4602.0.55.003 - Environmental Issues: Water use and Conservation, Mar 2013 Quality Declaration
Latest ISSUE Released at 11:30 AM (CANBERRA TIME) 30/10/2013
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Accurate information on past, current and future water resources, supplies, demand and conservation behaviours are critical for effective urban and rural water planning activities. Understanding households' water usage and conservation behaviours has become increasingly important in past years due to the prevalence of drought conditions and the consequential water restrictions in many parts of Australia. As drought conditions have recently eased in most areas, Australians have continued to conserve water by adopting water saving practices and installing water saving devices and products.
Increased water efficiency and conservation measures by Australian households may lessen the demand for fresh water supplies in urban and rural areas; resulting in greater environmental benefits and a sustainable water supply in the future.
The efficient use of water and the use of water saving products both inside and outside the home can assist in reducing household water consumption. The use of front loading washing machines, generally more water efficient than top loaders, has increased over the last three years. Over 34% of Australian households had a front loading washing machine in 2013 compared with 28% in 2010. The proportion of households with a front loading washing machine has increased significantly in nearly all states and territories over the last three years. (Tables 15 and 16 and Graph 5)
Footnote(s): (a) Includes combination washer/dryer
Approximately 62% of Australian households have only water efficient shower heads at their dwelling compared with 26% that have only regular shower heads. Households living in dwellings built within the last five years are more likely to have only water efficient shower heads (75%) compared with dwellings aged over five years. (Table 15)
The majority of Australian households (79%) took at least one step to save water inside or outside their home in the last 12 months. Family households were more likely to have taken at least one step to save water inside or outside their home (80%) compared with lone person households (74%) and group households (70%). Of those households with a garden, family households were also more likely to have taken steps to save water in the garden (55%) compared with lone person households (50%) and group households (42%). (Table 17)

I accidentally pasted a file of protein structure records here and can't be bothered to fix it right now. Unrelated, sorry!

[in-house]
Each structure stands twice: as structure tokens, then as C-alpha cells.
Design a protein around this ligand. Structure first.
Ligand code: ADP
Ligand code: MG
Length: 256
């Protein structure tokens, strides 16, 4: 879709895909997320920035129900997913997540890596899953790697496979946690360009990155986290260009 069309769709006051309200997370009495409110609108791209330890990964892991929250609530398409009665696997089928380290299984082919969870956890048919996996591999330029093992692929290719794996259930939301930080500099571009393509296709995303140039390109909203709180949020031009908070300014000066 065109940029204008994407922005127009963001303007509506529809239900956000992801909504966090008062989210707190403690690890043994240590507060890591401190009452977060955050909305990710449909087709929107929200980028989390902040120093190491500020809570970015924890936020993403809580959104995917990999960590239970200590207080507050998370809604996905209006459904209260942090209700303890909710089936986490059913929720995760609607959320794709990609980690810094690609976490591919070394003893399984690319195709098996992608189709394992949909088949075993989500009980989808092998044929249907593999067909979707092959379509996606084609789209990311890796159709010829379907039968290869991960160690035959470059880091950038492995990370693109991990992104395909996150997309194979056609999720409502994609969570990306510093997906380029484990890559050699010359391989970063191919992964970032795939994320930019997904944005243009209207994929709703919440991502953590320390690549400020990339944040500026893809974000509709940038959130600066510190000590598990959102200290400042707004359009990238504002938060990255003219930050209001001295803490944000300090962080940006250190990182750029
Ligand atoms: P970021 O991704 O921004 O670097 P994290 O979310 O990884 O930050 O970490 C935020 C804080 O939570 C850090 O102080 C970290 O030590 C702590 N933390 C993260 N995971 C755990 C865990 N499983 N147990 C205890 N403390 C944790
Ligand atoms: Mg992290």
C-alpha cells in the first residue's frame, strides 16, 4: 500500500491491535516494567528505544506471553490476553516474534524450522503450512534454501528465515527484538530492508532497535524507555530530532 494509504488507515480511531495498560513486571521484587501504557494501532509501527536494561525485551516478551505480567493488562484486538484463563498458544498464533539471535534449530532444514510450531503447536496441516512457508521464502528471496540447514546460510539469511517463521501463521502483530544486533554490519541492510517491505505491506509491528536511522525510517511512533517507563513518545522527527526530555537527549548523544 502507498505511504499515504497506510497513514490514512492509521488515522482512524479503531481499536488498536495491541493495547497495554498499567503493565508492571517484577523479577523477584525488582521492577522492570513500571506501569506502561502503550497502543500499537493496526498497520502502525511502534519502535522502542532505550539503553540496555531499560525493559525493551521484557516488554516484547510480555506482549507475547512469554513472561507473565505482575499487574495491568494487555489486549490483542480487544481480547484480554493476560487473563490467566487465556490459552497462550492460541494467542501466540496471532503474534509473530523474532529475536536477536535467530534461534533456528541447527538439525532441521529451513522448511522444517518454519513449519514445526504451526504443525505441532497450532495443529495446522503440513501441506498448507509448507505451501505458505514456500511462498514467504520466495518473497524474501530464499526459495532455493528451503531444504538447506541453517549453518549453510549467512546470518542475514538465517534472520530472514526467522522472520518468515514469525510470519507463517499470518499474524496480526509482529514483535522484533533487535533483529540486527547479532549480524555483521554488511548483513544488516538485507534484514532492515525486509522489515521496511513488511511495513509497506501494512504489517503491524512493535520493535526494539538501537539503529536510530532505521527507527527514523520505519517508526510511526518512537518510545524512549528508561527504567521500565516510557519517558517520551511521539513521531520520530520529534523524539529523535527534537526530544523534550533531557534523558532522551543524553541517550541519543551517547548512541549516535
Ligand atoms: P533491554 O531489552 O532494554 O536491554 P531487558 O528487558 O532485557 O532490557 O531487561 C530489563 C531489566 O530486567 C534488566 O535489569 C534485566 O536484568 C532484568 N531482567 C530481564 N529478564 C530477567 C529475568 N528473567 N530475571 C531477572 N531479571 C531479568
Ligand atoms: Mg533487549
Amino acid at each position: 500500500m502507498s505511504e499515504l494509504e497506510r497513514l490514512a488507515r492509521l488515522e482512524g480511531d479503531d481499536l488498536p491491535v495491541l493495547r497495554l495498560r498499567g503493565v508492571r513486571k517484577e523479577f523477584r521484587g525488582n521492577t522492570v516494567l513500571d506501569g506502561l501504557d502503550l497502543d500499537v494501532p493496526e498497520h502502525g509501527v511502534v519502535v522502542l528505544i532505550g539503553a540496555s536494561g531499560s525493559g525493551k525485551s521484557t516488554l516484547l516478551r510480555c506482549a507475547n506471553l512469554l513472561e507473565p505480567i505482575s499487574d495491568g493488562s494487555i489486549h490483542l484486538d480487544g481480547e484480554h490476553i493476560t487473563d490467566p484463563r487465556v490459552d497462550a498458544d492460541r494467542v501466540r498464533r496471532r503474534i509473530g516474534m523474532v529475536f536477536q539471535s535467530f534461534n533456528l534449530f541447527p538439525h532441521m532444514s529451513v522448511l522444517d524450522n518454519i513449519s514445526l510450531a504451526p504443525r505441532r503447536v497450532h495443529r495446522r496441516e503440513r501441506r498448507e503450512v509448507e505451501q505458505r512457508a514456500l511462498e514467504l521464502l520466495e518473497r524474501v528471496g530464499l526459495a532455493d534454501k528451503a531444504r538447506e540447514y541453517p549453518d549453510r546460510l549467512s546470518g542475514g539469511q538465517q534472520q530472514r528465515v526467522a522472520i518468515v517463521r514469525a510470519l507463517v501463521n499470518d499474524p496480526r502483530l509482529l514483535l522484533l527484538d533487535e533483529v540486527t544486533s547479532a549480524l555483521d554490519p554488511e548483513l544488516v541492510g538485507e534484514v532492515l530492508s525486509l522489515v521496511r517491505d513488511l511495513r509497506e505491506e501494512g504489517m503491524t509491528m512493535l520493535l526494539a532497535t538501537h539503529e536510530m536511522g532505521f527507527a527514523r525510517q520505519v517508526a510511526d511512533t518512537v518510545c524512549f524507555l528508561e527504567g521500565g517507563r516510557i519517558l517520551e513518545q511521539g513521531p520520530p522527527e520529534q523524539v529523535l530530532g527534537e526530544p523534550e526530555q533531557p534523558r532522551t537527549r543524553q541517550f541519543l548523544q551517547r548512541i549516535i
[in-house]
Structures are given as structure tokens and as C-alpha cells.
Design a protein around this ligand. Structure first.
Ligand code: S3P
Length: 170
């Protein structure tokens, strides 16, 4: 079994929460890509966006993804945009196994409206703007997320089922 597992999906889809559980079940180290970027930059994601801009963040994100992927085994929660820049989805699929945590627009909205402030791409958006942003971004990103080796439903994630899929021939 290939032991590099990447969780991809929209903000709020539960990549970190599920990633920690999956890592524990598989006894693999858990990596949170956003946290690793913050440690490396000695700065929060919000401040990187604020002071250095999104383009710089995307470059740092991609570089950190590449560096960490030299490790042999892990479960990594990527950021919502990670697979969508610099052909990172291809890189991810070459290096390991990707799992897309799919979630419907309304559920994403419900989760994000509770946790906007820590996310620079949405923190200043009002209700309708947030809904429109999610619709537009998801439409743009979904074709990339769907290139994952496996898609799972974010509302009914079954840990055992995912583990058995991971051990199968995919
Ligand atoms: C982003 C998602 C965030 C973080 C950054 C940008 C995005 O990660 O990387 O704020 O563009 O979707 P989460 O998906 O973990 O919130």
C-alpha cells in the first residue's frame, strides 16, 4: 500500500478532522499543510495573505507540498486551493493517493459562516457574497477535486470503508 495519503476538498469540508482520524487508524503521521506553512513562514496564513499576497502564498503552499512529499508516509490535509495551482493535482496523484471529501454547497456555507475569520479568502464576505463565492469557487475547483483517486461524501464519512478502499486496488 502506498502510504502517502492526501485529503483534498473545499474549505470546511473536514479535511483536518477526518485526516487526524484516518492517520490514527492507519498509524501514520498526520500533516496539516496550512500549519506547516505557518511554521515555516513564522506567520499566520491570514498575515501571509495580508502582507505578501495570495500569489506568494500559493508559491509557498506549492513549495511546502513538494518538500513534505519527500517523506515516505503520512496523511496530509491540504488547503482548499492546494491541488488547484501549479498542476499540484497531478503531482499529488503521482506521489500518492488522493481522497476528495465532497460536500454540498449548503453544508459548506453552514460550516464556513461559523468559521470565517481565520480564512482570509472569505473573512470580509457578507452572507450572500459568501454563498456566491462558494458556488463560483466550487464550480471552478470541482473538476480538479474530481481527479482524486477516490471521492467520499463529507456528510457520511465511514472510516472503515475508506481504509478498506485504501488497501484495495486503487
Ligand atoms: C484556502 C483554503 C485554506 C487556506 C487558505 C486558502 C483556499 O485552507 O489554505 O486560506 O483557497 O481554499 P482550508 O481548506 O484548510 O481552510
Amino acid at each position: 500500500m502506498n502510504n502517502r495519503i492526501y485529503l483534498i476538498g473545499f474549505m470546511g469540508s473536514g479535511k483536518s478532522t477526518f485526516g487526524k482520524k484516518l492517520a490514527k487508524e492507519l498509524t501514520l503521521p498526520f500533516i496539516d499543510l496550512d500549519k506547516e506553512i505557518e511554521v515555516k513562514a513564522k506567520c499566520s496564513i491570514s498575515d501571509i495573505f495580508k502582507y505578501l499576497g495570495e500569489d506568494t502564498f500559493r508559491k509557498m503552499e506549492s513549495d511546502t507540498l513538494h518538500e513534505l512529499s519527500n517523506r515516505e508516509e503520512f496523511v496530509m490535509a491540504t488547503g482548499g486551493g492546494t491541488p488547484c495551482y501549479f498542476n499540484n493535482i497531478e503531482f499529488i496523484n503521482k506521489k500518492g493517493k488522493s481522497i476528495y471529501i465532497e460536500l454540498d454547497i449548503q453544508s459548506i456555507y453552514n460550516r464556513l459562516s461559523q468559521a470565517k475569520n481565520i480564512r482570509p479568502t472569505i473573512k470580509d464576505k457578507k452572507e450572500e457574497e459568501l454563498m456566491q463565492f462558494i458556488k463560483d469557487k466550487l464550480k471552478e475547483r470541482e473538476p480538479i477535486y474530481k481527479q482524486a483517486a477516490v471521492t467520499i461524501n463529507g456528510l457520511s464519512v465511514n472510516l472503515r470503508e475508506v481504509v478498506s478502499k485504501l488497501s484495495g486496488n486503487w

Of the 4.3 million households that took at least one step to save water in the laundry, using the washing machine when fully loaded was a common step taken (54%), followed by adjusting the water level when washing (24%). Of the 4.5 million households that saved water in the bathroom, taking shorter showers was a common step taken (64%), followed by turning off the tap while cleaning teeth or shaving (45%). Of the 3.4 million households that saved water in the toilet, using the half flush on a dual flush toilet was a common step taken (66%), followed by flushing less often or only when needed (29%). (Table 19)
Of the 3.9 million households that saved water in the garden, using mulch was a common step taken (42%), followed by only watering when necessary (34%) and watering at cooler times of the day (29%). Of the four million households that saved water outside the home, not including the garden, using a commercial car washing facility, was a common step taken (33%), followed by washing the car less often or not washing the car (29%). (Table 19)
Of the 7.3 million households with a garden, the proportion of households that took at least one step to save water in the garden has decreased over the last six years, with 54% taking at least one step in 2013 compared with 62% in 2010 and 71% in 2007. A similar change in behaviour is apparent for most states and territories over the last six years with less households taking steps to save water in Victoria (55% in 2013 and 75% in 2007), Queensland (49% in 2013 and 70% in 2007) and South Australia (59% in 2013 and 78% in 2007). In contrast, the proportion of households that took at least one step to save water in the garden remained steady over the last six years in Western Australia (65% in 2013 and 67% in 2007). (Table 20 and Graph 6)
A variety of methods can be used for watering the garden and often more than one different watering method is used by a household. Nationally, relying on rainfall or not watering was reported by 36% of households with a garden as one of the methods they used to water their garden. This was a popular choice of behaviour for households living in Queensland (51%), though less common for households living in Western Australia (9%). Hand watering with a trigger hose (34%) and hand watering with a normal hose (22%) were also popular methods used by Australian households to water the garden. (Table 21)
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